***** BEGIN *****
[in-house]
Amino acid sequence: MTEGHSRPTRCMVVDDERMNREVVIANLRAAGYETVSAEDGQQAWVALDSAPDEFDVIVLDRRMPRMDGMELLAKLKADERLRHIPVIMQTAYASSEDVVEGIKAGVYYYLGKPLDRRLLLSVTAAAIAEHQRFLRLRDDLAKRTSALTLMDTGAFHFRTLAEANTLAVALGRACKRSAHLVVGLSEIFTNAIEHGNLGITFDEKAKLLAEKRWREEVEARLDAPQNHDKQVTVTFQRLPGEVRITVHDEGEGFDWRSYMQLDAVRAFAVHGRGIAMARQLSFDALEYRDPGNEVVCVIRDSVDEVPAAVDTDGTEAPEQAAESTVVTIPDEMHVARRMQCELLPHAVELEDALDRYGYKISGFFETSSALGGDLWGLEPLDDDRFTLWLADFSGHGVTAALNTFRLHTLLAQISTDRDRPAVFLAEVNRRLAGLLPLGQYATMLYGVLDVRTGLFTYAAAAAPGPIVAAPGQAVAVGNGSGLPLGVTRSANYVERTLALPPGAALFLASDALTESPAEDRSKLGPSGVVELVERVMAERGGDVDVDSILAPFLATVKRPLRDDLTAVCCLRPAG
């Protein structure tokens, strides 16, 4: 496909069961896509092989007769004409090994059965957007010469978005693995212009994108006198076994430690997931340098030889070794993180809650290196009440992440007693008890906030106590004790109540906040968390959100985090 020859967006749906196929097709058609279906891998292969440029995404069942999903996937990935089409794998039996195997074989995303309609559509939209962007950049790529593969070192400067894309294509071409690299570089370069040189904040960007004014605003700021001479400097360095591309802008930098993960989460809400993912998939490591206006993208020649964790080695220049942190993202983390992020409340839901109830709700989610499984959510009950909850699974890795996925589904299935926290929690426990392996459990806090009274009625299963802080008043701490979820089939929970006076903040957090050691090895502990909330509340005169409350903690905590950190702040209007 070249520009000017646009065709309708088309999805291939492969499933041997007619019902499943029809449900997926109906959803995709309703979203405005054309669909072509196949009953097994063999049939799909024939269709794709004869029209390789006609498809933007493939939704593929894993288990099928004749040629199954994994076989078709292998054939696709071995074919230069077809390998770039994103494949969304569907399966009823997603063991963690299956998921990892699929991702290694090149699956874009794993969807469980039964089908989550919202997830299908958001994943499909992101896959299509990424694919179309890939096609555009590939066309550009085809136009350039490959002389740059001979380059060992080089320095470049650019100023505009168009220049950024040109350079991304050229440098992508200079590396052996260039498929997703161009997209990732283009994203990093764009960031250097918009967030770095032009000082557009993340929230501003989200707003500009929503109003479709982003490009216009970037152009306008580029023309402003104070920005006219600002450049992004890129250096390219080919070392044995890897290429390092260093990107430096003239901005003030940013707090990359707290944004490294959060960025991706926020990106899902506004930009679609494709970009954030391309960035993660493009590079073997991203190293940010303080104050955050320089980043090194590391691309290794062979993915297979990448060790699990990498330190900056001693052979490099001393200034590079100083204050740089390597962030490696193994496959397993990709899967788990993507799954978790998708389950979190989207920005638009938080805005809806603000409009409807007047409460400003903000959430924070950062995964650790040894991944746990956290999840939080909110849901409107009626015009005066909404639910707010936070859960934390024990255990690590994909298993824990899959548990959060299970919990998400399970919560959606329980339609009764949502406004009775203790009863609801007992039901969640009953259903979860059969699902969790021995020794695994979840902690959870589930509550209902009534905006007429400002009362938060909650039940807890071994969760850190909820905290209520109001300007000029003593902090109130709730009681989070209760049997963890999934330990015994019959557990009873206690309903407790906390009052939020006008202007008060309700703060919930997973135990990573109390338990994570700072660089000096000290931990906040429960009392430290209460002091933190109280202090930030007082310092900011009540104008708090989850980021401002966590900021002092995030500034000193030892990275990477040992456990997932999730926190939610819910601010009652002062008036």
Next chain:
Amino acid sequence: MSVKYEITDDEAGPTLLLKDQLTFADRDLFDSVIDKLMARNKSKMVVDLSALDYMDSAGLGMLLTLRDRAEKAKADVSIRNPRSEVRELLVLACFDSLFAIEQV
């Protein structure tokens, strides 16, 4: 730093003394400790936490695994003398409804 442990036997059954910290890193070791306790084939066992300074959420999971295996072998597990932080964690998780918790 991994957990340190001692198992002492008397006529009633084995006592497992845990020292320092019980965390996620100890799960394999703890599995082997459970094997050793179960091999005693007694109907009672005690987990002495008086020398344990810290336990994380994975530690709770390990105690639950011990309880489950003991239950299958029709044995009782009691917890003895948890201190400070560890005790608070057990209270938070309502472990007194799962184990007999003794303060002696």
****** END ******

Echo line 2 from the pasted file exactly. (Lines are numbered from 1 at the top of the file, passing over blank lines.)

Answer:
Amino acid sequence: MTEGHSRPTRCMVVDDERMNREVVIANLRAAGYETVSAEDGQQAWVALDSAPDEFDVIVLDRRMPRMDGMELLAKLKADERLRHIPVIMQTAYASSEDVVEGIKAGVYYYLGKPLDRRLLLSVTAAAIAEHQRFLRLRDDLAKRTSALTLMDTGAFHFRTLAEANTLAVALGRACKRSAHLVVGLSEIFTNAIEHGNLGITFDEKAKLLAEKRWREEVEARLDAPQNHDKQVTVTFQRLPGEVRITVHDEGEGFDWRSYMQLDAVRAFAVHGRGIAMARQLSFDALEYRDPGNEVVCVIRDSVDEVPAAVDTDGTEAPEQAAESTVVTIPDEMHVARRMQCELLPHAVELEDALDRYGYKISGFFETSSALGGDLWGLEPLDDDRFTLWLADFSGHGVTAALNTFRLHTLLAQISTDRDRPAVFLAEVNRRLAGLLPLGQYATMLYGVLDVRTGLFTYAAAAAPGPIVAAPGQAVAVGNGSGLPLGVTRSANYVERTLALPPGAALFLASDALTESPAEDRSKLGPSGVVELVERVMAERGGDVDVDSILAPFLATVKRPLRDDLTAVCCLRPAG